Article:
The European honey bee is common around suburban and urban areas. They are often seen in gardens. European honey bees can be found foraging on the flowers of many different native and introduced plant species.
Prior to swarming, the queen honey bee lays the next generation of queens, swarming then occurs. The queen leaves the colony with a large group of worker honey bees to locate a new hive. About 60% of the worker honey bees leave the original hive with the old queen. This swarm can contain thousands to tens of thousands of honey bees. Swarming is mainly a spring phenomenon, usually a 2-3 week period.
These extremely social insects live in large hives dominated by a single queen.
The European honey bee is beneficial to the environment and to the Agriculture industry. The honey bee pollinates flowers in order for plants to produce fruit, vegetables and honey. Early European settlers introduced European honey bees to ensure a good supply of honey.
European honey bees defend their nest aggressively. If a bee is driven to sting, the action is fatal as it rips out the bee’s lower abdomen. The sting, with the venom gland pumping, is left in the victim.
The European honey bee sting causes intense local pain and swelling. If the victim is allergic to bee venom, a sting may cause more severe symptoms and they should seek immediate medical attention.
If you find a European honey bee swarm or hive, do not approach it, report it via the eWasp app and contact your local Beekeepers’ Association for removal and information, see link below. Beekeepers’ Associations – Australia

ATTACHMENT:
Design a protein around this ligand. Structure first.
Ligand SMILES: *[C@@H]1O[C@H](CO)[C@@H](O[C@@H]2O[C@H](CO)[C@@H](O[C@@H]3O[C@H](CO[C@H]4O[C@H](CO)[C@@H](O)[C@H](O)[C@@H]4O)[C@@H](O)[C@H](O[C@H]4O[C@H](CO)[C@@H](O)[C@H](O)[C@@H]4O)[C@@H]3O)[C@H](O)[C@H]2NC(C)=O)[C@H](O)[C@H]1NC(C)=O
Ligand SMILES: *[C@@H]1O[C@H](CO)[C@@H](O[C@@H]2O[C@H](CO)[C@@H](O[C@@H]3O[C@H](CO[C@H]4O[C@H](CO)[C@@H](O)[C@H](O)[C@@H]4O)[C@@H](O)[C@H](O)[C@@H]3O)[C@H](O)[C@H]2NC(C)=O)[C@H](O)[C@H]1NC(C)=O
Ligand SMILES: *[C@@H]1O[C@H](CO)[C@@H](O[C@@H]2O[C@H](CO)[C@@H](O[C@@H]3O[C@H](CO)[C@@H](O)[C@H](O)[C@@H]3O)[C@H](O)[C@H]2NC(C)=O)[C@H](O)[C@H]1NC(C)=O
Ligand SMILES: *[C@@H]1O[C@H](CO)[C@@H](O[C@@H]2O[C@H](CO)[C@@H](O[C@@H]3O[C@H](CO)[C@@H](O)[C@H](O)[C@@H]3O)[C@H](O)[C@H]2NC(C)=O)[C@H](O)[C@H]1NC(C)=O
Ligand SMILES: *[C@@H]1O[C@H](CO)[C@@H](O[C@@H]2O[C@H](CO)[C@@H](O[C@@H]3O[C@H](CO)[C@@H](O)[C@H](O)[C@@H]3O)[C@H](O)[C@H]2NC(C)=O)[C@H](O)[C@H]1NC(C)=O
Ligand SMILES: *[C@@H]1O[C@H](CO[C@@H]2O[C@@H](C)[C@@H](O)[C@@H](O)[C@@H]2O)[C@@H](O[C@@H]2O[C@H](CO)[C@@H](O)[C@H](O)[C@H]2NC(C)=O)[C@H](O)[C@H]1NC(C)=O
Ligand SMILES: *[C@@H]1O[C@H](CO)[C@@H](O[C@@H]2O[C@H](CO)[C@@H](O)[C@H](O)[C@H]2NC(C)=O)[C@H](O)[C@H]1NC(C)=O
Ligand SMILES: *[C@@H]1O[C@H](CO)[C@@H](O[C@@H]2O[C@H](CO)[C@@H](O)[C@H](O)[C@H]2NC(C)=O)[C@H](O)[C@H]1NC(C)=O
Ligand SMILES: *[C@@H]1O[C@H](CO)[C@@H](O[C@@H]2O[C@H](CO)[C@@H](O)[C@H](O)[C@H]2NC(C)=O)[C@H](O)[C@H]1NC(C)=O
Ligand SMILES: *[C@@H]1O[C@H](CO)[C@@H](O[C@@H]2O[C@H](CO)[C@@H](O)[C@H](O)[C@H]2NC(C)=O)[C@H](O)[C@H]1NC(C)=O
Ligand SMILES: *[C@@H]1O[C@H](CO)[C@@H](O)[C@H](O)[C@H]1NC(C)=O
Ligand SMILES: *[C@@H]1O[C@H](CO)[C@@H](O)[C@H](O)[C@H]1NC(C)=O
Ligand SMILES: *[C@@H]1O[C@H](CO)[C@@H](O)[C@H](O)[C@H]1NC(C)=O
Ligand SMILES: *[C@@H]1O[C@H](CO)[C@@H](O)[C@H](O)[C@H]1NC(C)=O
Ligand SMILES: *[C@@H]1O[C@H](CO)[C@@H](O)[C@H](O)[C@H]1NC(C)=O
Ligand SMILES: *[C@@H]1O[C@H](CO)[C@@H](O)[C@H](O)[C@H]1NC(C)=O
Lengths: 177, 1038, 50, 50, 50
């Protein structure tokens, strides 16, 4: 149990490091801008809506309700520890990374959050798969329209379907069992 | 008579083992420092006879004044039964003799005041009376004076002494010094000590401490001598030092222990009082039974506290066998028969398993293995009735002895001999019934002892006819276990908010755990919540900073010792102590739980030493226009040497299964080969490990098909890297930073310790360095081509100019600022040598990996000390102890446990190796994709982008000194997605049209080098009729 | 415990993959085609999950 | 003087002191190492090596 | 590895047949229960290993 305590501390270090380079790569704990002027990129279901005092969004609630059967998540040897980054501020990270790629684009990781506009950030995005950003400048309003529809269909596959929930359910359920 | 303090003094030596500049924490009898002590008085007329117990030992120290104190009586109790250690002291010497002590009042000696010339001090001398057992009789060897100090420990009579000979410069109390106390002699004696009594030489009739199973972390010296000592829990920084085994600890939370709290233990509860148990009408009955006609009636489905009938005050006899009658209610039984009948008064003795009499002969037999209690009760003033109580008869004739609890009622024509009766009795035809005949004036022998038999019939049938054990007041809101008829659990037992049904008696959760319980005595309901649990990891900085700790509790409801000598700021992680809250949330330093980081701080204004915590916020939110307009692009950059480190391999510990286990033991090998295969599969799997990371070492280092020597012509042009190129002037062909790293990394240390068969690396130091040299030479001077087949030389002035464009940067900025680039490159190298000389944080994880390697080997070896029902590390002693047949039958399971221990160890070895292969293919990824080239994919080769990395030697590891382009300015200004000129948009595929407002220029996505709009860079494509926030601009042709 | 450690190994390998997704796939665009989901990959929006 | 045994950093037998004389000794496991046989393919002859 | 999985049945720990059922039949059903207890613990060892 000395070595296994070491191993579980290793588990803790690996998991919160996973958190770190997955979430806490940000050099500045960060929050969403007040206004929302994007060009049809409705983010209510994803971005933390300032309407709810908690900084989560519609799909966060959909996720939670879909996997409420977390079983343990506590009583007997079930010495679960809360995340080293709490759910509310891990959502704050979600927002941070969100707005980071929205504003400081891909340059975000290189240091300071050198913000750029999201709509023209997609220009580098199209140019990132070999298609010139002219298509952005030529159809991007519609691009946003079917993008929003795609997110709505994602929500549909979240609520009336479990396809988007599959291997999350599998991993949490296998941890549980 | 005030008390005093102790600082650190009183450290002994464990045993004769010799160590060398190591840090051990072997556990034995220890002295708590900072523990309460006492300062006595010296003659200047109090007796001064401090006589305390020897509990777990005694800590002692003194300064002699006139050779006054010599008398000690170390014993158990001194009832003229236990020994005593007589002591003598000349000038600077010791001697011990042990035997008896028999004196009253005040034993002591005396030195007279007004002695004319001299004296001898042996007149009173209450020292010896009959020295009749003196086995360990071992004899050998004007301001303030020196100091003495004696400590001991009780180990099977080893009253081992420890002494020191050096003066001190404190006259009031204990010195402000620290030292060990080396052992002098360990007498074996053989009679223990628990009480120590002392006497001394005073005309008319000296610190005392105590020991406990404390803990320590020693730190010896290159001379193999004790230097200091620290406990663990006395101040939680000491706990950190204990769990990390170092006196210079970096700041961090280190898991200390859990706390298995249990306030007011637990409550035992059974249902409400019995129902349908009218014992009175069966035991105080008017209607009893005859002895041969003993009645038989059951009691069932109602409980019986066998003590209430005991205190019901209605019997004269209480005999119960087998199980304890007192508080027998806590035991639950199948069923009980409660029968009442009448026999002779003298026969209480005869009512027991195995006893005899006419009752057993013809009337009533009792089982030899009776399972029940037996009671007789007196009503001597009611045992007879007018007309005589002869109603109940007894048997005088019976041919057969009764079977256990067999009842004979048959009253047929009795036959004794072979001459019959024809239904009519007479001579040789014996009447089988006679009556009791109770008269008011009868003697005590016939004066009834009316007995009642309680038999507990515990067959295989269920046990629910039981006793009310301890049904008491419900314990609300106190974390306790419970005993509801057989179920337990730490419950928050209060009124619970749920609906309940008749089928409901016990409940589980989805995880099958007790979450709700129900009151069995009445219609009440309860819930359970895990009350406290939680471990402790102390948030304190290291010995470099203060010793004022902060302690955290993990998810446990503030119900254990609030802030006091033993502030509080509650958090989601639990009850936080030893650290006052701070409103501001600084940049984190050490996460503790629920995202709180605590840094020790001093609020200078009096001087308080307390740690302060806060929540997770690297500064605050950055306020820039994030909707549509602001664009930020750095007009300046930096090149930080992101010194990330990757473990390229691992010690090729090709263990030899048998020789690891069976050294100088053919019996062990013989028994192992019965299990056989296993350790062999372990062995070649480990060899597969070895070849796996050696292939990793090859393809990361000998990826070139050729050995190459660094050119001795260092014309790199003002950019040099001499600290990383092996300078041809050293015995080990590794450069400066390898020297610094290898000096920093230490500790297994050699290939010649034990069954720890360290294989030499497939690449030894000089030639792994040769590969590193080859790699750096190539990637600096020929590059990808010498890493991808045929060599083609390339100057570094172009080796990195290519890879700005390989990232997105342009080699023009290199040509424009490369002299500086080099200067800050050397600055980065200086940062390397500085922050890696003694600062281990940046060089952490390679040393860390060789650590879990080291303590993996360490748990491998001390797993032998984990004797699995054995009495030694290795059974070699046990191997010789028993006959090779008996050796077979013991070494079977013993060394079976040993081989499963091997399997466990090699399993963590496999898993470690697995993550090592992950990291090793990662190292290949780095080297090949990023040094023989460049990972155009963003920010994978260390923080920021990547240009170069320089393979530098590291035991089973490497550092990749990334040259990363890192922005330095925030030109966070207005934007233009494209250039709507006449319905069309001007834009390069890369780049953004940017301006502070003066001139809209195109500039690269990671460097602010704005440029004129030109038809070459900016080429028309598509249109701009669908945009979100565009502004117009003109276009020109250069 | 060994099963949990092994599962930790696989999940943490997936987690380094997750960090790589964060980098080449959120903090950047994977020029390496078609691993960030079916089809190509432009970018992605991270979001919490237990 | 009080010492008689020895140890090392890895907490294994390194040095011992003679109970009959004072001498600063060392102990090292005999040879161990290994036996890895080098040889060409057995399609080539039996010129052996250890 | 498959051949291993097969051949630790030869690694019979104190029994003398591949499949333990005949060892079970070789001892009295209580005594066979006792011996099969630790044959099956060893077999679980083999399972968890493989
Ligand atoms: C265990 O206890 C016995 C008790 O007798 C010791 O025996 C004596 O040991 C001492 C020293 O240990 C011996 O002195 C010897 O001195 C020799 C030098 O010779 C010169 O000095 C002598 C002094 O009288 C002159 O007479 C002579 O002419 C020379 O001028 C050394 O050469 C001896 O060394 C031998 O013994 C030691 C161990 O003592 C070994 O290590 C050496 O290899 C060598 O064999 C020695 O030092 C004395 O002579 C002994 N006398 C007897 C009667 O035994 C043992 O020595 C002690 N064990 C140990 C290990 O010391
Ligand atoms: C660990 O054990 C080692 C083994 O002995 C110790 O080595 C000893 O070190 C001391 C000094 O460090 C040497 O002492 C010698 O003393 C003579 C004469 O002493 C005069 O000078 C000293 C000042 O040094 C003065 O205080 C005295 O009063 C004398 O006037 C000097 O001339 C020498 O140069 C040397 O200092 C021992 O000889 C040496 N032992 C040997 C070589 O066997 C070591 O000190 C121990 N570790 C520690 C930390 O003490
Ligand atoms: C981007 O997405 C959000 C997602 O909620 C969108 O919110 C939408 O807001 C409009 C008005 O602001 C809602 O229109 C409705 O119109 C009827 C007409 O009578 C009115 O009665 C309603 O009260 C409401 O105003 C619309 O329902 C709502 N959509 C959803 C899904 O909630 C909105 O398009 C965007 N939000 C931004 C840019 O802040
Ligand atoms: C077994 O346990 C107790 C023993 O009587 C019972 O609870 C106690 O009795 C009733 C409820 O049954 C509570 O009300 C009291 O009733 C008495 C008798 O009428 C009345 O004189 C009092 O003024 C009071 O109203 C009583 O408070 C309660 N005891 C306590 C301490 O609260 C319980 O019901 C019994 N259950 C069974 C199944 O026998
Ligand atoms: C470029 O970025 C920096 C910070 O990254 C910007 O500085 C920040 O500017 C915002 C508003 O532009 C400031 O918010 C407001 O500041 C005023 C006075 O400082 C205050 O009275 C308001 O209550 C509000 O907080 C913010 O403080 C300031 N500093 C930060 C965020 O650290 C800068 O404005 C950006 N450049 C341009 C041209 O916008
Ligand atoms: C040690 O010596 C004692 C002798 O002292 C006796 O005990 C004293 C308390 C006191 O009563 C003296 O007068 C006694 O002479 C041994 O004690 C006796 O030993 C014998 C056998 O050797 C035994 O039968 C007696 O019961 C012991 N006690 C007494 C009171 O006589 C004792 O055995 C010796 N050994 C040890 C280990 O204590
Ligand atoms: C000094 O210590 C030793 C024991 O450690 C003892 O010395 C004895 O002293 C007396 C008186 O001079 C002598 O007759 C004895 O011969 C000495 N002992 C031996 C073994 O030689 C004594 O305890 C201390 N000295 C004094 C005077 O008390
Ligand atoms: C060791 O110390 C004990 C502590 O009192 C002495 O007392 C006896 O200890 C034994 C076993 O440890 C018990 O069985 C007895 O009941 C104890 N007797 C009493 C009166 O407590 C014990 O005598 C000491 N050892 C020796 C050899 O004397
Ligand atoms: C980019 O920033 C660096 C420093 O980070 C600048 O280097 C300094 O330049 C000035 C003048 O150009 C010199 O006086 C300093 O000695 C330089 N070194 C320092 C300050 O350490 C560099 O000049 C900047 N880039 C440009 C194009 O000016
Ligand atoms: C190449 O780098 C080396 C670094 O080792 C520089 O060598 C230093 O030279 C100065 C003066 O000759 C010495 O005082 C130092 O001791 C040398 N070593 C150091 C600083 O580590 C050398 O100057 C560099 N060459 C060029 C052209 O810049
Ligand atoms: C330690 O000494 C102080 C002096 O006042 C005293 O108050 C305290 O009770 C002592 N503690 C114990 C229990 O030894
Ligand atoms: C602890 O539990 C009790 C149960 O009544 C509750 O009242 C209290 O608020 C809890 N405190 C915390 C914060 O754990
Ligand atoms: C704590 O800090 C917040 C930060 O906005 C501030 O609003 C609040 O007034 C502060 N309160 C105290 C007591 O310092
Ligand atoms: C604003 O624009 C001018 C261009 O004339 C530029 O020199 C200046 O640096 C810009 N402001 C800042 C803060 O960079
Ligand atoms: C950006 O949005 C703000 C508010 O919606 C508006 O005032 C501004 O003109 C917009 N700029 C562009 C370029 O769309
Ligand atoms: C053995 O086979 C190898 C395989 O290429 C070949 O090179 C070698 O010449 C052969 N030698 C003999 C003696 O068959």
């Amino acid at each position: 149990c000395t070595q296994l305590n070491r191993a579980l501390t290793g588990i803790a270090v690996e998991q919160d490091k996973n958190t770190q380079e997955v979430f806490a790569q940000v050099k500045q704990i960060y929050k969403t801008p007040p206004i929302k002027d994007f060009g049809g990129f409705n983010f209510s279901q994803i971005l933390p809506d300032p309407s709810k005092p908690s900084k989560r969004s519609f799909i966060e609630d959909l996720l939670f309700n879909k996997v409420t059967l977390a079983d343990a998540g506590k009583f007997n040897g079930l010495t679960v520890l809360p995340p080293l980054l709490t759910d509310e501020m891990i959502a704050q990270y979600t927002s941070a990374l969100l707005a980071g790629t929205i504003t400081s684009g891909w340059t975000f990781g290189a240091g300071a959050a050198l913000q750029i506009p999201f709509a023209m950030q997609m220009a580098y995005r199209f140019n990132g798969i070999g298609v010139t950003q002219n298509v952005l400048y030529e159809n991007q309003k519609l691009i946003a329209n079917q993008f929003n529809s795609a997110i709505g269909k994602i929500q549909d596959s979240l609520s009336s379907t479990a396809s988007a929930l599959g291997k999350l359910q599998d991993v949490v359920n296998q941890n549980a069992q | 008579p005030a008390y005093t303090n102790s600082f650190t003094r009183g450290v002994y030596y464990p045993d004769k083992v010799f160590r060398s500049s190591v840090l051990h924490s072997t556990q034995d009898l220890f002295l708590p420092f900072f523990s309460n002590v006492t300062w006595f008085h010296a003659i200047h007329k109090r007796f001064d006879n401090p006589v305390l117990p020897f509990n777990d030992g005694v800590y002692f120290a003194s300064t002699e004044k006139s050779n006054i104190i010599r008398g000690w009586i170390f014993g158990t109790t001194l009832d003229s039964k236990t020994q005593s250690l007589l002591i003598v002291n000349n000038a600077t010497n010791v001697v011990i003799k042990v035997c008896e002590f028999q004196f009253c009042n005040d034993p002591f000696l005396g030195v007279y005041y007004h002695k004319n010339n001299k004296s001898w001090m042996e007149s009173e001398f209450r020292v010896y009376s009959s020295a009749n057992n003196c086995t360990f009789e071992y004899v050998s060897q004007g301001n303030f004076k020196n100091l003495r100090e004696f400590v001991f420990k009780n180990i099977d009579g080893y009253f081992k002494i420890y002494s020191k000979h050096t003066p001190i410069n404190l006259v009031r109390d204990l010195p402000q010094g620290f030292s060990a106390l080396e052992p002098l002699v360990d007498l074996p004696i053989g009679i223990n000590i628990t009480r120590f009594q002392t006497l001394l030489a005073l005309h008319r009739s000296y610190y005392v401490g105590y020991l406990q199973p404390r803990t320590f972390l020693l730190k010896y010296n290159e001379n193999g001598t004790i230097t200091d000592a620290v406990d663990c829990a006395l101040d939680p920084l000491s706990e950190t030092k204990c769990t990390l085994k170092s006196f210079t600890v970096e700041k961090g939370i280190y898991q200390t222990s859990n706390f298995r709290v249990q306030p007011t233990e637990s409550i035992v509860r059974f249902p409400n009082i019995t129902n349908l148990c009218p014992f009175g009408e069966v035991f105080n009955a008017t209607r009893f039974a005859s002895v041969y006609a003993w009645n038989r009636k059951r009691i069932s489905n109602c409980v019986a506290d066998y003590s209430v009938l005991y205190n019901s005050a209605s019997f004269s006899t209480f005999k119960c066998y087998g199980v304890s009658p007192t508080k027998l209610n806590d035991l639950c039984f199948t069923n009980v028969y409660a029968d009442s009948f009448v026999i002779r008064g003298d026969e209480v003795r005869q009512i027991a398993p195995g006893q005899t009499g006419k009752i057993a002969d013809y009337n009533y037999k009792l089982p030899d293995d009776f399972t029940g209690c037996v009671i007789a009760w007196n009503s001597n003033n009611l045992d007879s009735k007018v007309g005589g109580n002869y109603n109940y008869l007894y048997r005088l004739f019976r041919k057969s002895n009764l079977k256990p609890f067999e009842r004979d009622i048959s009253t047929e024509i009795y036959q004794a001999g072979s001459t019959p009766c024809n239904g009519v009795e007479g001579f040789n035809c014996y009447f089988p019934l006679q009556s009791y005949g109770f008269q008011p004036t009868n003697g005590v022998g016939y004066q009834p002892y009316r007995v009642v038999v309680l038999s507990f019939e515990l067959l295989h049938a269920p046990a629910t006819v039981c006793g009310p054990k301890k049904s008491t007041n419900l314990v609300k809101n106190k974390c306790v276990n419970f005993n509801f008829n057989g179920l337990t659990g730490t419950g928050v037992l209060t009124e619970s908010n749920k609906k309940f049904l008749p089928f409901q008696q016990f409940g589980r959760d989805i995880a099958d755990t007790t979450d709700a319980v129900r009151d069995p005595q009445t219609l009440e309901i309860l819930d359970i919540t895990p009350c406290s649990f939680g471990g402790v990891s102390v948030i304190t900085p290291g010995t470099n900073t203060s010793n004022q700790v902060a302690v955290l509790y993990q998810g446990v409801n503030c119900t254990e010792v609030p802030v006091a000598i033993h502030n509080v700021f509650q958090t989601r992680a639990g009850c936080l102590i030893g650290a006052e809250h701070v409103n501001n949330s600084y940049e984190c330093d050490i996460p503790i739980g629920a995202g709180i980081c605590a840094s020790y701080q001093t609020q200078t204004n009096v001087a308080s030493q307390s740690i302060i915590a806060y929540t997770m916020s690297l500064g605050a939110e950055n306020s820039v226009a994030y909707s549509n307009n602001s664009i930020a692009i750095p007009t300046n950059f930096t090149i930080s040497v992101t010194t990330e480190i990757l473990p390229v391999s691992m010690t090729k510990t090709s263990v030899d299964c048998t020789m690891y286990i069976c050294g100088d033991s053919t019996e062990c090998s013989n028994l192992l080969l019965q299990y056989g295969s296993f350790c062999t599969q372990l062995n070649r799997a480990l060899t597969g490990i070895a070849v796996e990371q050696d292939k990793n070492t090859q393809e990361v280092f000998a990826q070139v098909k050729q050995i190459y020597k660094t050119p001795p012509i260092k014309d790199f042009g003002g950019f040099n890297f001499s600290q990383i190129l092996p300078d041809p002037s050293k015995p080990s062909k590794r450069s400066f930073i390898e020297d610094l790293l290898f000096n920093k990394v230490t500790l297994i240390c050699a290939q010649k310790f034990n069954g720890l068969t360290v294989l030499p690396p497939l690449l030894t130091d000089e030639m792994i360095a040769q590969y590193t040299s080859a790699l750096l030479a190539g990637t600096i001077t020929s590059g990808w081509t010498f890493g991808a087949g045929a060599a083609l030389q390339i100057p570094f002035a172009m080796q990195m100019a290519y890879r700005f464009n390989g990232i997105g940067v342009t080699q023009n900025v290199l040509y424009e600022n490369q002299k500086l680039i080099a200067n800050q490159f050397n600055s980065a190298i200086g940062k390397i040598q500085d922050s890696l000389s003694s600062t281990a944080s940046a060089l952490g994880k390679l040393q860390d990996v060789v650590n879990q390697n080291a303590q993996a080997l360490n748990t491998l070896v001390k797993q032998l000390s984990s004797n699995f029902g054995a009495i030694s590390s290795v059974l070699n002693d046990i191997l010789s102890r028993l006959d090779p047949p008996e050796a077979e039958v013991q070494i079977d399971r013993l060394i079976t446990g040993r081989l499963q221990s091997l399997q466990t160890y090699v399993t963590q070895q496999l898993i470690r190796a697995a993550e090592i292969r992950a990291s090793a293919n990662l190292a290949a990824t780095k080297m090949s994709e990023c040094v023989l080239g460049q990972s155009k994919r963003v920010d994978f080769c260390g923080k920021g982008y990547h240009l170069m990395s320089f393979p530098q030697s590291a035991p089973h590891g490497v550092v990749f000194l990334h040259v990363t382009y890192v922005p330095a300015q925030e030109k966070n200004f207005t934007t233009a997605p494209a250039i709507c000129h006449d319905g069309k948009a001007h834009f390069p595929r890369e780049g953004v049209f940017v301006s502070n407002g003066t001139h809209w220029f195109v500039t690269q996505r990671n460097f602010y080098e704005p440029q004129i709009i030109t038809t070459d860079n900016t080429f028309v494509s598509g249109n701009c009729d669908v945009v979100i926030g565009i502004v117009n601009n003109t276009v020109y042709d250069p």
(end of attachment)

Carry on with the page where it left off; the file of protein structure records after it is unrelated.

Get to know the Blue-banded Bee Amegilla cingulate
The Blue-banded bee is found throughout Australia except Tasmania. The Blue-banded bee lives/is found in urban areas, woodlands & forests, and open land.
Some flowers hide pollen inside tiny capsules and require a special type of pollination, “buzz pollination”. The blue banded bee will perform “buzz pollination” by grasping a flower and shake her flight muscles causing the pollen to shoot out of the capsule. The female Blue-banded bee will then collect the pollen, carry it from flower to flower, pollinating other flowers, and take it back to her nest.
Many Australian native plants require buzz pollination e.g. Guinea Flower, Senna, Chocolate Lily & Fringe Lily. The Blue-banded bee may be seen in the garden around tomatoes plants.
The Blue-banded bee is native to Australia. They are good pollinators in the garden and can pollinate crops such as tomatoes, eggplants and kiwifruit as well as native plants such as Guinea Flower, Senna, Chocolate Lily & Fringe Lily.
The Blue banded bee is not aggressive, but they can give a mild sting if you grab them or step on them. If stung, a cold pack may be used to relieve the pain. If there is evidence of a more severe reaction or the sting victim is known to be allergic to wasp and bee venom, seek immediate medical attention.